You just can’t ignore the influence of BikeEXIF on the cafe, brat-style, flattracker and modern custom scene. Chris Hunter’s personal passion for beautifully built and photographed custom bikes has turned an engineering art form, into a creative and social art form too, inspiring a whole new breed of biking aficionado, and acting as THE source for what’s new and what’s cool in the world of custom bikes from the likes of Deus, Wrench Monkees, Roland Sands, Walt Siegl, Cafe Racer Dreams, Jesse Rooke and a few others, who regularly grace EXIF’s weekly pages – including our own Spirit and Untitled M/C.
Down in the Shed Chris’s way of doing things has of course been an inspiration, so we got in touch, bonded over a few shared ideals and asked him a few nosey questions…
Dutch von Shed: So, Chris – let’s start with a bit about you – What’s your day job? What else inspires you apart from bikes, and how do you integrate family life with biking?
Chris Hunter: I used to be the creative director of an advertising agency in Sydney. Now, I do Bike EXIF full-time. Being out of agency life means I get a lot more time with the family, and more of a connection to ‘real’ life and things of substance. I’m inspired by many things: great design, architecture, fine food and wine, music, Islay single malts and almost anything from France.
Clearly a man of good taste… Make mine Unchillfiltered Please.
Dutch von Shed: Ever regret leaving the UK to live in paradise? (ok silly question, but elaborate anyway)
Chris Hunter: I had a wonderful time in the 90s in London. A great bunch of friends, and a hectic social life in a city that was on peak form. We worked hard and partied hard, clubbing twice a week and recovering in the pub. But that was then, and this is now. I’d probably be dead if I still lived in London! Sydney was a wonderful city to live in too — a marvellous climate, very family friendly, a public transport system that works, and beautiful surroundings.
Dutch von Shed: What bike tipped you from being just a biker to a bike aficionado?
Chris Hunter: There are several stock bikes I’ve always had a thing for. High on the list would be the Ducati SportClassic 1000 and the Moto Guzzi Griso. (I’m a relatively recent convert.) Of older bikes, I remember being stopped dead in my tracks the first time I saw a BMW K1.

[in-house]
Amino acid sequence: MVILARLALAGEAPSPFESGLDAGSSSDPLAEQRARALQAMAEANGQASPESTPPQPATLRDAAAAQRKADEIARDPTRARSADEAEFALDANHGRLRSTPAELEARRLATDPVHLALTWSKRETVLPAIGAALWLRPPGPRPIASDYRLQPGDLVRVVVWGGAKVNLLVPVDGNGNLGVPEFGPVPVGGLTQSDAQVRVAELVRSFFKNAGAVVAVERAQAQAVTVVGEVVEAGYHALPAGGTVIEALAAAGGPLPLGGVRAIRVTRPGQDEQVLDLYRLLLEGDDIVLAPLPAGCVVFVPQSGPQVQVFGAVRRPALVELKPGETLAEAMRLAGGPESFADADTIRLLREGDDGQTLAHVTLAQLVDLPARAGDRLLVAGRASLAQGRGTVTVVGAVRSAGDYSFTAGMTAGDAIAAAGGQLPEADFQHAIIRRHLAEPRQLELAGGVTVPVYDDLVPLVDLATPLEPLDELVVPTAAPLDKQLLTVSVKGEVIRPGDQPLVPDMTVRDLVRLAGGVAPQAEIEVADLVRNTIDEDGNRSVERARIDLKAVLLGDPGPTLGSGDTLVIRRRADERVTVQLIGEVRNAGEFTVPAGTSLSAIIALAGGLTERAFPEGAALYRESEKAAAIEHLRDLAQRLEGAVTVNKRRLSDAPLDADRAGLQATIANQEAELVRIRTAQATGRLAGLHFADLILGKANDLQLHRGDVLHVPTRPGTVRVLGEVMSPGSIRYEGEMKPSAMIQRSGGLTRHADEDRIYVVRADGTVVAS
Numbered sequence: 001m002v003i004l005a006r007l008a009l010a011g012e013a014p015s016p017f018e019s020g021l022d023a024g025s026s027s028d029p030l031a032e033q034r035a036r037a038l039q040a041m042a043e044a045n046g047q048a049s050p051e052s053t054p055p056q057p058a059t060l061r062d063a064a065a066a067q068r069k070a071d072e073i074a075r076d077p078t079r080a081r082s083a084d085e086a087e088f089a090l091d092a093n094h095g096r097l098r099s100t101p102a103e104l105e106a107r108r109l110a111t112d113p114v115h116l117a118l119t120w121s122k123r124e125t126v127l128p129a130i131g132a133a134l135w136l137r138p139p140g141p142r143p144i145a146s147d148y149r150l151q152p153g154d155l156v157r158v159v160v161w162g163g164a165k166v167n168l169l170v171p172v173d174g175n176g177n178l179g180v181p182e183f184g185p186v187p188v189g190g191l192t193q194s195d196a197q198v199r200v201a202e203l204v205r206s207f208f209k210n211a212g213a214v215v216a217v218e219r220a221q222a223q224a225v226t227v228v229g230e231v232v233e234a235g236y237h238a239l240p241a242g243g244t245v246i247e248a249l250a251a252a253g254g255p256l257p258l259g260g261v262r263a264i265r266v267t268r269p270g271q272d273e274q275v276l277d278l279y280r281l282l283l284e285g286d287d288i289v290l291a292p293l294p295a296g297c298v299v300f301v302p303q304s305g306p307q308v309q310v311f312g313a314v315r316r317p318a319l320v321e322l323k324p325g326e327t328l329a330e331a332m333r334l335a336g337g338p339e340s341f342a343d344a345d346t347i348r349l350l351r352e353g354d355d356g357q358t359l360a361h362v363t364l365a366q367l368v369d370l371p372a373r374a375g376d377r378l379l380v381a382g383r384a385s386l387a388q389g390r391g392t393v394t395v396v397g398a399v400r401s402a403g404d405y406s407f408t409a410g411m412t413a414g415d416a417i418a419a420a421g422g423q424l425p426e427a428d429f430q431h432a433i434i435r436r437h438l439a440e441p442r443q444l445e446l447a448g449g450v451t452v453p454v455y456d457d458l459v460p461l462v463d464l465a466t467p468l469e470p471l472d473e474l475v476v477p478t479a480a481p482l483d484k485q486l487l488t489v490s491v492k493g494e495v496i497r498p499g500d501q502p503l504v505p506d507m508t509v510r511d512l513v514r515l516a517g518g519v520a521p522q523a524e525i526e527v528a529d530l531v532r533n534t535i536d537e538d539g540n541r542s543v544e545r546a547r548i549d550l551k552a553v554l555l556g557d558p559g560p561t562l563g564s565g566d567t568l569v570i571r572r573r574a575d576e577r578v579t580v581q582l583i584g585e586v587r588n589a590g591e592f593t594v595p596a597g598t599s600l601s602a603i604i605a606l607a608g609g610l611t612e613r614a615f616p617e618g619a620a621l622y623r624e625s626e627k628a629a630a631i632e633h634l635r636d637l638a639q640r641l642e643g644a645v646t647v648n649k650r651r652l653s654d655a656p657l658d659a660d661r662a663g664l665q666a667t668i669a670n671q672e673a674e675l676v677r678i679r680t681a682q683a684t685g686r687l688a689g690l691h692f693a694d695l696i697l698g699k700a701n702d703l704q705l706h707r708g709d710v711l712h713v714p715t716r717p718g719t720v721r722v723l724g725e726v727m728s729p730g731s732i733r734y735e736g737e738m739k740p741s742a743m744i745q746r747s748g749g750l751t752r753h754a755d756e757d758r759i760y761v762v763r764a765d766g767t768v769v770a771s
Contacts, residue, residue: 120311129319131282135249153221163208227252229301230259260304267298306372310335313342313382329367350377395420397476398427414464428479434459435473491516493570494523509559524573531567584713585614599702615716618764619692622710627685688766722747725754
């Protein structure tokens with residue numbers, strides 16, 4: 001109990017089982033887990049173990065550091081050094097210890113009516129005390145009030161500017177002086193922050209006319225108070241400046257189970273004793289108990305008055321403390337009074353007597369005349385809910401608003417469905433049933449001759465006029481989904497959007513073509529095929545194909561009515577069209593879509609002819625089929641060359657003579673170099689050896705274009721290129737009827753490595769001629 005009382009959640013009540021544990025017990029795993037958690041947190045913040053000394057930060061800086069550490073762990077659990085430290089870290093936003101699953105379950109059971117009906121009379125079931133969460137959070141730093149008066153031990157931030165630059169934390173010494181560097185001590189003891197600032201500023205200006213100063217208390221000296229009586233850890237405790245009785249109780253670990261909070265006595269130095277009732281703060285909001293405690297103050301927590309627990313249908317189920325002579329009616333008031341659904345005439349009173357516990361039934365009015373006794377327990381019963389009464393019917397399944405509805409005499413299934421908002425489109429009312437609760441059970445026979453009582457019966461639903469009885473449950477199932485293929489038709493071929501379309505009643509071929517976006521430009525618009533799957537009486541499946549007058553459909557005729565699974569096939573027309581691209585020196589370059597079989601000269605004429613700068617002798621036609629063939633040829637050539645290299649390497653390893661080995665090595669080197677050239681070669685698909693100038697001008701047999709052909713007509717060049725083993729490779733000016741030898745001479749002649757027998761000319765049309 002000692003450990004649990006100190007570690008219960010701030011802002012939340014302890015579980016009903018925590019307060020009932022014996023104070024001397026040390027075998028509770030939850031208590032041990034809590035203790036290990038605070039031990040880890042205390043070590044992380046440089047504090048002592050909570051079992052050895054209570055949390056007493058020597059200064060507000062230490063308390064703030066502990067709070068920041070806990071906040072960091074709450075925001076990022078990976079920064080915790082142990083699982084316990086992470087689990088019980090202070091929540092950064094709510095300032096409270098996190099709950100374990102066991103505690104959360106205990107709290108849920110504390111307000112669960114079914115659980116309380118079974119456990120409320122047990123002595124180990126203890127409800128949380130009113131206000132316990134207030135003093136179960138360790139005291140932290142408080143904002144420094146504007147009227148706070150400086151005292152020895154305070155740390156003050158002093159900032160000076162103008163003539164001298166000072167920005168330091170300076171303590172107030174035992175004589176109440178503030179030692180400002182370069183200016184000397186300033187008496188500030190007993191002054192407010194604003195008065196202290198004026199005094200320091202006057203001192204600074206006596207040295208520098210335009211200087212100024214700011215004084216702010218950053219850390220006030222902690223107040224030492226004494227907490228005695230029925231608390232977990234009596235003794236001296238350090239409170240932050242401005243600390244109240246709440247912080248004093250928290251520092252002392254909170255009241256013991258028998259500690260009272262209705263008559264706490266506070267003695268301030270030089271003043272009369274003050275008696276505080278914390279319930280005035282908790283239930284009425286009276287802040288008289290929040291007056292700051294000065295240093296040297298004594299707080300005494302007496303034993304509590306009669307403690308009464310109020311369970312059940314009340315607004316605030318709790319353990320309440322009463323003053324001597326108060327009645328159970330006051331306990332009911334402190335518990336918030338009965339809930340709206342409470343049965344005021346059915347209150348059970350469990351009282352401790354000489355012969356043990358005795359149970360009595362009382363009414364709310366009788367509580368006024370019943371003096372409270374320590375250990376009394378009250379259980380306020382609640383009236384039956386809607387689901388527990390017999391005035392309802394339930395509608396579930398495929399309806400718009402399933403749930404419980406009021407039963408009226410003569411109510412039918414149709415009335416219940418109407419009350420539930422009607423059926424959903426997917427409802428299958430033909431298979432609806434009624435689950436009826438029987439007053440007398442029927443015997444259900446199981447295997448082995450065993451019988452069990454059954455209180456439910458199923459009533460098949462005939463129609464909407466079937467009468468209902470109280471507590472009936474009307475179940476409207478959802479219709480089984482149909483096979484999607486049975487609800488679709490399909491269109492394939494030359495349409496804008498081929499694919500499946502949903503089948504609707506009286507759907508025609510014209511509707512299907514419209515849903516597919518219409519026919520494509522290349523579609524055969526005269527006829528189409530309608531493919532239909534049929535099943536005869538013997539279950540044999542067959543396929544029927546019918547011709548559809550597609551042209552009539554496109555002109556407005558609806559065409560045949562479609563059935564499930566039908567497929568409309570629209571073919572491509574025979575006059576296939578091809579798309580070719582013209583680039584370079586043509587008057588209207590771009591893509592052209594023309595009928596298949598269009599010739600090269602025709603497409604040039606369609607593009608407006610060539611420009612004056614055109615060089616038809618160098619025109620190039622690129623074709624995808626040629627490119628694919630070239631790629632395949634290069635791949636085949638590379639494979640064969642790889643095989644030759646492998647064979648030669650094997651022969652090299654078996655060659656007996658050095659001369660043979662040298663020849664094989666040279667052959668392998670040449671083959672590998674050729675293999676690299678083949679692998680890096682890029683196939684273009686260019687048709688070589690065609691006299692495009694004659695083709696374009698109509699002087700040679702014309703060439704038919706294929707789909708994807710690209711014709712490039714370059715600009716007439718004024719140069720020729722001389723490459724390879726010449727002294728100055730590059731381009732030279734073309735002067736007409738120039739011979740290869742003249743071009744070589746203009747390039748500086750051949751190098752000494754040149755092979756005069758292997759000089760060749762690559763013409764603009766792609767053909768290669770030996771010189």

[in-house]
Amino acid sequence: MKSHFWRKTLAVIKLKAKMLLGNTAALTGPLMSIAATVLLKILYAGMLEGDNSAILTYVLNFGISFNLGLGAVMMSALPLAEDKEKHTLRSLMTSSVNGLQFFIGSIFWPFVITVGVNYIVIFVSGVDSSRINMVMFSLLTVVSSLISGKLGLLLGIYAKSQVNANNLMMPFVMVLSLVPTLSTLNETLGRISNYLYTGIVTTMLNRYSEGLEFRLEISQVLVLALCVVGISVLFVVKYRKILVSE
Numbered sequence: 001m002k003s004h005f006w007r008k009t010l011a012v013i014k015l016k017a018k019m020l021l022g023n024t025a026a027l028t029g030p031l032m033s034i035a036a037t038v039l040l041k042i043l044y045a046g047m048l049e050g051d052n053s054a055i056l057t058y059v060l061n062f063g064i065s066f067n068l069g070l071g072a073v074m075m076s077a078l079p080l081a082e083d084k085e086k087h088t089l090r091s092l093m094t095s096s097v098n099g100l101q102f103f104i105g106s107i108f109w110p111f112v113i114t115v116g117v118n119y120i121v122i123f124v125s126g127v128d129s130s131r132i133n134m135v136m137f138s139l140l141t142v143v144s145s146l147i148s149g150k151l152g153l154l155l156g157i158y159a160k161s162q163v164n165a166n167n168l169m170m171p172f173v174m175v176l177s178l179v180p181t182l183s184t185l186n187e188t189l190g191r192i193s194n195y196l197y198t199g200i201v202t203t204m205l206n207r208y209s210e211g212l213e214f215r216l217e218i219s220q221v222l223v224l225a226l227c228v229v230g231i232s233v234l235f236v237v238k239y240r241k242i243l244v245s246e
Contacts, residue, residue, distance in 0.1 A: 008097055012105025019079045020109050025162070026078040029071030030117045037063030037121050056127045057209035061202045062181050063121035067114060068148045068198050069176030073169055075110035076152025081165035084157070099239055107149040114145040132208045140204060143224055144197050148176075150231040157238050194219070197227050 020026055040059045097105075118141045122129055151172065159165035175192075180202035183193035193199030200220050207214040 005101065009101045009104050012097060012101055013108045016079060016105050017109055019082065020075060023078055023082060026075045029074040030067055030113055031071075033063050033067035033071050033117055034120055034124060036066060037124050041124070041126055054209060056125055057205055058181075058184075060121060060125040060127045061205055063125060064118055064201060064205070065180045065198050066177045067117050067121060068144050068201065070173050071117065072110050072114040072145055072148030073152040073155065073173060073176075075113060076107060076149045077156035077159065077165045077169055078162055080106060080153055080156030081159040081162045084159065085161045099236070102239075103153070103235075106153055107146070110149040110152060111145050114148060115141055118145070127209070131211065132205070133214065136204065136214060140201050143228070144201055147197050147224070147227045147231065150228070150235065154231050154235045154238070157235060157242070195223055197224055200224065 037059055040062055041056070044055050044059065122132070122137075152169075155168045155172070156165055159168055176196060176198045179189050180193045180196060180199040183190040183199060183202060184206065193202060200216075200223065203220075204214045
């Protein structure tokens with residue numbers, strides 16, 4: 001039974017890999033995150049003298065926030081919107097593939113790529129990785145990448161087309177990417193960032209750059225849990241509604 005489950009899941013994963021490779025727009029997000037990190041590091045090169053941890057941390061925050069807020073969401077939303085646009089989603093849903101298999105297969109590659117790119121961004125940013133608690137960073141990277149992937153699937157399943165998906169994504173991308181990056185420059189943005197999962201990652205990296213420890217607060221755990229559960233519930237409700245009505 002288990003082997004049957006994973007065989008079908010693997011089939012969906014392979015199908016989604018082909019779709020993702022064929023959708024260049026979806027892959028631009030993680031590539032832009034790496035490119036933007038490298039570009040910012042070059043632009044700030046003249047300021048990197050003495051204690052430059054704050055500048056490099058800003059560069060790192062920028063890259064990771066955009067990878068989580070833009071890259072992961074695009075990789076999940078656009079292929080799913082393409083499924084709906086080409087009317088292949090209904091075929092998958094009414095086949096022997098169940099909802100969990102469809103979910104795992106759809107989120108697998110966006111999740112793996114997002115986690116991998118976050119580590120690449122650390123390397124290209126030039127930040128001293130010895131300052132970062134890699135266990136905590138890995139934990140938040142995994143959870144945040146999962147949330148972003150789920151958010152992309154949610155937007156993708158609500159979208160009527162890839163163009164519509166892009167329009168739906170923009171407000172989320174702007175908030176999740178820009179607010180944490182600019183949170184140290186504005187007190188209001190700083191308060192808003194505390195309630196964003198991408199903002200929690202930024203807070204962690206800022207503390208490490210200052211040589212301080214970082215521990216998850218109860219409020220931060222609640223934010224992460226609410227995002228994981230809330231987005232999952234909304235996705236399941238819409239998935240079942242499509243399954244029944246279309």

Dutch von Shed: As a biker, what – if anything – makes your blood boil?
Chris Hunter: I hate seeing another biker pull off a manoeuvre that endangers other road users — like crossing onto the wrong side of the road on a corner, or cutting up cars. Also offensive clothing, Nazi helmets and the like. I don’t like things that damage the image of motorcycling in the eyes of the general public.
Dutch von Shed: Bikes vs Bike Pics – where does your heart lie, and how to you untangle the two?
Chris Hunter: I love both. To me, it’s a marriage in heaven. I think a beautiful motorcycle deserves to be shown in the best possible light. I’m always surprised when a builder spend tens of thousands of dollars on a bike, and hundreds of man-hours, and then records all that hard work and skill by walking round the bike taking shots from eye-level with a $199 compact camera. The art of creation deserves a quality record for posterity.
Dutch von Shed: How many unsolicited bike pics do you get in any week? Do you have a polite way of saying “no thanks”?
Chris Hunter: I probably get around 100 bikes a week sent in. I try to respond to most emails, but I don’t have a ‘stock reply’. If I get an email has been cc’d to a whole load of other websites I don’t reply.
Dutch von Shed: Is there just too much use of brown going on amongst the custom illuminati right now? Brown seats, grips, paint…
Chris Hunter: Now that you mention it, possibly! It’s certainly a trend. Could it be the controversy to finally replace pipewrap and vintage tires?
Dutch von Shed: Who is our favourite bike builder, and why?
Chris Hunter: I don’t have a single favourite builder. There are quite a few remarkably talented guys out there. I have been privileged to meet Matt Machine several times though, and I have a soft spot for his Le Mans custom.
Matt Machine’s Guzzi Le Mans
Dutch von Shed: Beauty vs rideability. Does it matter if people build showroom display machines, or should bikes always get ridden?
Chris Hunter: I reckon it’s horses for courses. Practicality always varies from bike to bike. It’s just like concept cars: I love looking at a Lamborghini motor show prototype, but I’d rather drive my Audi to the the shops. (My kids might disagree with me on that one, though!)